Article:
The survey question for those who have had counselling was:
How true do you find the following statements about counselling?
1 = not true at all 7 = very true
The survey question for those who want counselling the question was:
How much do you want the following in counselling?
1 = not at all 7 = very much
In this section respondents are asked about what they learned and work they did in counselling or what they would want to learn.
In the graphs above it can be seen that those wanting counselling gave very varied values to how much they want these things from counselling. 64% wanting counselling rated ‘to work through painful issues’ 5 or higher; and 61% rated ‘to explore my feelings 5 or higher. Those who received counselling rated these two items higher than others except for, ‘I learned about myself’. 49% of the M.E. group and 61% of the MS group selected 5 or higher for ‘I worked through painful issues’ showing that they had worked at depth in their counselling. 40% of the M.E. group and 44% of the MS group selected 5 or higher for ‘I learned to explore my feelings’ showing that they had practiced and learned this valuable skill in counselling. A respondent with M.E. wrote:
The valuable lessons I learned in counseling weren’t earth-shattering. Most of what helped was the realization that all of the important stuff in my life was still there. Despite CFIDS, the things that are important to me — my relationship with my husband, kids and family, and my ability to contribute something to the world — are still satisfying.
It can be seen in the graphs above that respondents with M.E. that want counselling have very varied ideas about what they want to work on and learn in counselling. It can also be seen that respondents that received counselling worked in very varied ways.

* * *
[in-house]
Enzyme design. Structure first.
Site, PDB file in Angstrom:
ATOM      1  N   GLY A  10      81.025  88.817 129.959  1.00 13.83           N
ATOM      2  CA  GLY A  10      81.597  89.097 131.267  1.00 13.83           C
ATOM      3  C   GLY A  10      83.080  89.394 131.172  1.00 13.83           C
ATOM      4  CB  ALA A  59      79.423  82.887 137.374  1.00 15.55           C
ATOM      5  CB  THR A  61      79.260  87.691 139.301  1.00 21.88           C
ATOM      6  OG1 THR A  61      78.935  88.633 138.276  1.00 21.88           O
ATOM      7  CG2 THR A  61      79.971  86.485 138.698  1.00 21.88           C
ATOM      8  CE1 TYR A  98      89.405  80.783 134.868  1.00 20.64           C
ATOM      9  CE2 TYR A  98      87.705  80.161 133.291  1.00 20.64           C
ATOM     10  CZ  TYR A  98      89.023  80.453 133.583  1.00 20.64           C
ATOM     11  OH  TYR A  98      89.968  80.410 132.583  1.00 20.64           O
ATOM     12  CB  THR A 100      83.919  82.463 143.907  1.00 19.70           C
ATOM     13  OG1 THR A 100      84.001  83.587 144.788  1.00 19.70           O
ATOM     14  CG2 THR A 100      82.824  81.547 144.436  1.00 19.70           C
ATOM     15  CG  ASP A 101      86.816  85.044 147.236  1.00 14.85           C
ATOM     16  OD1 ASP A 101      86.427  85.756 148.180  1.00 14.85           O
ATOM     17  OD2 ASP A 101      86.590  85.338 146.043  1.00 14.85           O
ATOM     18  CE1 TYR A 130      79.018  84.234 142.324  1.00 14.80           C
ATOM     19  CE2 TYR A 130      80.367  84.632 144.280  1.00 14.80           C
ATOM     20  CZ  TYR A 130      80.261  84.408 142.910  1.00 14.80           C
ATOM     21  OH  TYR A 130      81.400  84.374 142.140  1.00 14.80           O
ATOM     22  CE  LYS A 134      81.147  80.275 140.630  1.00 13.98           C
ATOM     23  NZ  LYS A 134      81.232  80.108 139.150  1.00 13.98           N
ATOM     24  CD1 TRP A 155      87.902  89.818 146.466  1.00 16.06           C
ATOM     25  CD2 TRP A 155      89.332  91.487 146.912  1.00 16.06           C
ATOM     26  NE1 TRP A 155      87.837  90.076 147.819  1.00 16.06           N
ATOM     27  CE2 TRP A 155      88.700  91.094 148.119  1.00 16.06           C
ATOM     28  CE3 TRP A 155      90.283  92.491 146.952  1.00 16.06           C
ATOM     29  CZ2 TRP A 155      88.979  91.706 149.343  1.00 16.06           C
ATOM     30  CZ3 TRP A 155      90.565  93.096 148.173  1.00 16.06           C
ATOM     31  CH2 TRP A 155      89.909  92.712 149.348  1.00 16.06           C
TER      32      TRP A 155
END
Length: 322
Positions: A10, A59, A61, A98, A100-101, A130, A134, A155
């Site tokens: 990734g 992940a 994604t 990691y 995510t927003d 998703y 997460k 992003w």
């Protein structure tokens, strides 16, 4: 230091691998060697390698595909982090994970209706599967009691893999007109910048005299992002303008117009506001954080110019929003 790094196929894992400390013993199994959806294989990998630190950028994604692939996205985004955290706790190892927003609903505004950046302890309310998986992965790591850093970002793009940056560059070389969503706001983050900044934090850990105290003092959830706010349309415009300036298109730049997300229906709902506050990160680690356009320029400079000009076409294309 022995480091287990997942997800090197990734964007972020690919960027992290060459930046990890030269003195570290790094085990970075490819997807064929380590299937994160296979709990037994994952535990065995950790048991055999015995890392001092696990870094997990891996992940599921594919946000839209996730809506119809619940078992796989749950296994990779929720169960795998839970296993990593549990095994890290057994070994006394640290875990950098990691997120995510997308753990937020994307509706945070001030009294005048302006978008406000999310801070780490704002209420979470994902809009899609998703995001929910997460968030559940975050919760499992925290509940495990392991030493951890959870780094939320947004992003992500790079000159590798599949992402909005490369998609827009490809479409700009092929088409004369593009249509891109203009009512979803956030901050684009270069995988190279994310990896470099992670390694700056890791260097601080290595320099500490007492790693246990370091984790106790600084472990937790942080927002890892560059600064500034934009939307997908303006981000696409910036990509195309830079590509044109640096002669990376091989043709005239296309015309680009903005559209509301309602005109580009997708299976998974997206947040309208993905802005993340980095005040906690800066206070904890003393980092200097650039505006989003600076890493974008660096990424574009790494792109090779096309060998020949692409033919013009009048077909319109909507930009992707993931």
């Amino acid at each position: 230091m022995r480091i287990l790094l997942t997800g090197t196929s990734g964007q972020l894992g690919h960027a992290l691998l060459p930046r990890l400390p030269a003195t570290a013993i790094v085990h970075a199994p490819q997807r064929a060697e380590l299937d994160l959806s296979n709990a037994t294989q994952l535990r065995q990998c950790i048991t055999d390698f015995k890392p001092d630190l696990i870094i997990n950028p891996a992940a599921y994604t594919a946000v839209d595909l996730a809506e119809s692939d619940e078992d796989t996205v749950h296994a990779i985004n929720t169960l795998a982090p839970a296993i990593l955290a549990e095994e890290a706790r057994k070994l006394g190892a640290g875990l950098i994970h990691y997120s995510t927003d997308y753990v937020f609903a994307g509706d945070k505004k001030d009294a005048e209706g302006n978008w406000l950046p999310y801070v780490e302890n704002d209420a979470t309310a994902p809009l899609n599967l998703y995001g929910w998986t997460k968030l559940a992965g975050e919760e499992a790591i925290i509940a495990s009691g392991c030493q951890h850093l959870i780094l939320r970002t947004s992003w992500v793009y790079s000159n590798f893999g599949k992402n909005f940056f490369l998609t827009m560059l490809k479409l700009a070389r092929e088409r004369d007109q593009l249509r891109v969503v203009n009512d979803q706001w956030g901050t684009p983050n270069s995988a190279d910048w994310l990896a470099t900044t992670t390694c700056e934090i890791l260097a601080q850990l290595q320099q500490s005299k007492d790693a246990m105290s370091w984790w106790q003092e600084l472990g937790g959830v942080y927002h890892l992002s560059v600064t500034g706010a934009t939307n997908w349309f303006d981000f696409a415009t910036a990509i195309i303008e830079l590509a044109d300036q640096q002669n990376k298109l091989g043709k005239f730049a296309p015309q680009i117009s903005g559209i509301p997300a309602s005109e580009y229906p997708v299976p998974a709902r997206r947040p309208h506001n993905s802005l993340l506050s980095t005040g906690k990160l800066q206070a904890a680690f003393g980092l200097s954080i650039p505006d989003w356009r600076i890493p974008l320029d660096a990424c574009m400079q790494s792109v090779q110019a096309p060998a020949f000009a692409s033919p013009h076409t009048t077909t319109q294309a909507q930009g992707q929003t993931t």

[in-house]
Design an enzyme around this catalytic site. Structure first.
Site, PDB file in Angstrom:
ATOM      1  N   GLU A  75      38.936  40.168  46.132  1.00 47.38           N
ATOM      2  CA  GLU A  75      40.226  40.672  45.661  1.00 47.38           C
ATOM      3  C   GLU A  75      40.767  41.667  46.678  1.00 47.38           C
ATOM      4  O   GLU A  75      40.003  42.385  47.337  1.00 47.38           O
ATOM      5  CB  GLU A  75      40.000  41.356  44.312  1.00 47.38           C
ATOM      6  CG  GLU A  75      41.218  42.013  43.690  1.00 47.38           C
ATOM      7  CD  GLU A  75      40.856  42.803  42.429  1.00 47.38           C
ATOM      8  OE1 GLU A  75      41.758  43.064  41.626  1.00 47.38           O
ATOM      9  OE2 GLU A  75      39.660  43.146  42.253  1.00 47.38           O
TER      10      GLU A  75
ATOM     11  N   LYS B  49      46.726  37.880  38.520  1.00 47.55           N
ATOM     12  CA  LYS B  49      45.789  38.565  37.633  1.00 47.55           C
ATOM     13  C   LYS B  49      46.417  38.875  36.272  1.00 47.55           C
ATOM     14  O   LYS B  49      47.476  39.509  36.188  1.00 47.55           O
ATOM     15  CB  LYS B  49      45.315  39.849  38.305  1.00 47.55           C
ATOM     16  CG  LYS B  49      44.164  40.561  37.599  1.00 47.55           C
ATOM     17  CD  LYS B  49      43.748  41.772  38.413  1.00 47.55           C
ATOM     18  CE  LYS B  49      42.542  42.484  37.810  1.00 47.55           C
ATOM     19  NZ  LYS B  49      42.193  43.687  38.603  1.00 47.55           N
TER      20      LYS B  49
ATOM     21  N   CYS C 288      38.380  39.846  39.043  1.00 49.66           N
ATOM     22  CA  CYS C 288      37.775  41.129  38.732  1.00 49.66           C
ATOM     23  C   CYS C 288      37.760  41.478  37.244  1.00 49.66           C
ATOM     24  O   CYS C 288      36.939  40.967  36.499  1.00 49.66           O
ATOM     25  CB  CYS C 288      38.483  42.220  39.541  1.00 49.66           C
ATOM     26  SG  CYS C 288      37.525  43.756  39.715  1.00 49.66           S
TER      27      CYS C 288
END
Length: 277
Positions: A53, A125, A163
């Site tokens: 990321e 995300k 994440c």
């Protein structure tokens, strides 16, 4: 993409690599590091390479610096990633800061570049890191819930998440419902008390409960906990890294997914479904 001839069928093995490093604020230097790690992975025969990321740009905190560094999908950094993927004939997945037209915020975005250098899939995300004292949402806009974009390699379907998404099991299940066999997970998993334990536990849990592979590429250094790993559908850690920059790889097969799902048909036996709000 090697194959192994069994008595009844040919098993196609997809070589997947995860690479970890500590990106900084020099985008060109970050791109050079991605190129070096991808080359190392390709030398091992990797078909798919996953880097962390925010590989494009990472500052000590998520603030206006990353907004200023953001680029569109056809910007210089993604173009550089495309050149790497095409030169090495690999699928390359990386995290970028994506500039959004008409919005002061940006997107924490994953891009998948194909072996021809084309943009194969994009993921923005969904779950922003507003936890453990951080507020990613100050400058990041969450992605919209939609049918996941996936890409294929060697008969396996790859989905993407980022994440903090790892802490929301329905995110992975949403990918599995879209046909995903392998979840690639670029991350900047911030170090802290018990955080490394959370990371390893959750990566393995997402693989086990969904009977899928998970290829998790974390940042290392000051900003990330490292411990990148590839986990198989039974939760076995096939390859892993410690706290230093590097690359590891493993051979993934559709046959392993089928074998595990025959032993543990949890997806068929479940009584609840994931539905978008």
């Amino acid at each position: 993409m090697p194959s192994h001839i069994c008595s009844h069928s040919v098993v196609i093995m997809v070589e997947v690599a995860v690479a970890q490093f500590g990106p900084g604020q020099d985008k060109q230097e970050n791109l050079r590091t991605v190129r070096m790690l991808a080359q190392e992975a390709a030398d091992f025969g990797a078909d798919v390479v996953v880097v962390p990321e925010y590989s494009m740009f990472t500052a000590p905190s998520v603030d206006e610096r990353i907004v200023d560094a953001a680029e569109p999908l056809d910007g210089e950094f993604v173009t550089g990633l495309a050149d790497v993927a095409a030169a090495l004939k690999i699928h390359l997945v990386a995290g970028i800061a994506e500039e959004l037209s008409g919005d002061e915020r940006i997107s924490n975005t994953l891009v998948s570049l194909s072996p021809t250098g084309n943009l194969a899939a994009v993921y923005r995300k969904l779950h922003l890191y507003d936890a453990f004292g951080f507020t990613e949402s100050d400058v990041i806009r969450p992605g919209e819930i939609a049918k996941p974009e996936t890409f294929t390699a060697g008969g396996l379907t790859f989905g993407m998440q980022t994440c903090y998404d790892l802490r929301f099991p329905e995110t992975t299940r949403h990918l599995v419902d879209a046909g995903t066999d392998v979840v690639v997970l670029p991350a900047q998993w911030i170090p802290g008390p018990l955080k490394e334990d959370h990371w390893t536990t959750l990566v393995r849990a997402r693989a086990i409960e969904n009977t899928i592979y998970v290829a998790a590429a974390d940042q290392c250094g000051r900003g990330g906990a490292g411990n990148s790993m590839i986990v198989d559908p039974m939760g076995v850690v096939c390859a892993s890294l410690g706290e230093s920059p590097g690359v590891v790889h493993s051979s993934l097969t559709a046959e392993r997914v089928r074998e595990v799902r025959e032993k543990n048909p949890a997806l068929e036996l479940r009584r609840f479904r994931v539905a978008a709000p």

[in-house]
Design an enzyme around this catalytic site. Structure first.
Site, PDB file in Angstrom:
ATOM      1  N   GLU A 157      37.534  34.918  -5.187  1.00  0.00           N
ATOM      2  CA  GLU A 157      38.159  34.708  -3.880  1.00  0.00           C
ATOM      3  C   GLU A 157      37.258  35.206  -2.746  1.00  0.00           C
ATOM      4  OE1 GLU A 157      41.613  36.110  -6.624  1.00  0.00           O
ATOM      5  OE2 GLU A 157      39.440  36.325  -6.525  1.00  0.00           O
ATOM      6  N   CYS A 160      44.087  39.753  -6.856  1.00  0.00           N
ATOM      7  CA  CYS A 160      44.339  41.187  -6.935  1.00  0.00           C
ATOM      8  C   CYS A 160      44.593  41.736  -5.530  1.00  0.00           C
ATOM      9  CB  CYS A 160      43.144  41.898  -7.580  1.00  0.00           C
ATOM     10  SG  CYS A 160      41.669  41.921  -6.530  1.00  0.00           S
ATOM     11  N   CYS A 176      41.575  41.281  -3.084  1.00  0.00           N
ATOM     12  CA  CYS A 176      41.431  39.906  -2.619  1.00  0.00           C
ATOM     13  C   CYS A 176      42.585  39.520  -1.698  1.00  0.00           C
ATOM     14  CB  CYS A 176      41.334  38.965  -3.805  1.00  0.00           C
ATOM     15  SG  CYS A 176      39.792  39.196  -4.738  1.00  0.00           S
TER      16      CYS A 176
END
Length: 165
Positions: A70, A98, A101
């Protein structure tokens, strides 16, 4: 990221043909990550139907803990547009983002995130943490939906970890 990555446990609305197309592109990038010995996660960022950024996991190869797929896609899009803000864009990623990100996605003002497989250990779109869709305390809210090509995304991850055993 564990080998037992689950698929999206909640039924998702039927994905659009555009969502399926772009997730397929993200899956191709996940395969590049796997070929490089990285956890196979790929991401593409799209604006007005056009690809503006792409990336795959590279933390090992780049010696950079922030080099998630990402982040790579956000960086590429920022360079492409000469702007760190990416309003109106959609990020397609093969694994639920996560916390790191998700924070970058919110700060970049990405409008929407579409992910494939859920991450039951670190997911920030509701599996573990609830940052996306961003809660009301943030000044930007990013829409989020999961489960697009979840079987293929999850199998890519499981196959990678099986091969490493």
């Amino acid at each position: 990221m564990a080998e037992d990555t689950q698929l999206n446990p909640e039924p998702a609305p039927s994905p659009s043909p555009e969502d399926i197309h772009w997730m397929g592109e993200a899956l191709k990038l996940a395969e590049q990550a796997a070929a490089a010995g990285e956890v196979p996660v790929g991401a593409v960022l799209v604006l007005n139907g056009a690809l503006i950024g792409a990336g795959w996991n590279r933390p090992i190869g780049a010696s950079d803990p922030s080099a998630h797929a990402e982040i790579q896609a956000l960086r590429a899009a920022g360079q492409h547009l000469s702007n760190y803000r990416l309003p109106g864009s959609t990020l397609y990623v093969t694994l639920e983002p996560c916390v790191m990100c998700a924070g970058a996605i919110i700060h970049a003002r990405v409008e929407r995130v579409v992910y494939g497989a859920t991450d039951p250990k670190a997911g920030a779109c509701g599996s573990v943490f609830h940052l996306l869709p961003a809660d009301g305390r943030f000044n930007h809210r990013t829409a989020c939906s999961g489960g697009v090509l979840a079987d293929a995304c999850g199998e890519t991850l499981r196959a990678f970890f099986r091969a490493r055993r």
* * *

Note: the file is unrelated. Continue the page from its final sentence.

When a composite ‘Learning’ is made of the submitted values for items:
I learned about myself
I worked through painful issues
I learned to explore my beliefs
I learned to explore my feelings
And this is compared to Efficacy 2 it can be seen that there is a correlation.
Very few values in this chart diverge by more than 2 points. An even closer correlation appears with the same criteria applied to data from the MS group.
The implications of this could be very important to counsellors who work with clients who have M.E. or MS. The correlation between the criteria compared in these 2 graphs is much closer than that seen in the graph comparing counsellor qualities and efficacy2 as rated by respondents with M.E., repeated here:
Counselling research often emphasises the importance of the relationship between client and counsellor (Clarkson 2002 p.4). Mearns and Thorne (2001 p.22) observe:
Research suggests that experienced counsellors of different traditions are in broad agreement on the fact that the relationship between client and counsellor is of fundamental importance in counselling…
In the graph above, it can be seen that when respondents rated their counsellor's qualities high, they were more likely to rate the efficacy indicators high. There are possible explanations for this, for example, a client who is helped by counselling may perceive their counsellor more favourably, so that rather than the counsellor's perceived qualities affecting efficacy it could be a case of efficacy affecting how the client rated their counsellor. It is also possible that the ratings for 'learning' items are actually indicators of the quality of the relationship. These possibilities cannot be verified with the data available.
On face value it would seem that the
items used in the composite ‘learning’ criteria are
linked to how clients will rate the efficacy indicators.
It also seems that for some clients learning about
themselves and working through issues might be of
equal or greater importance than how they perceive
their counsellor’s qualities.
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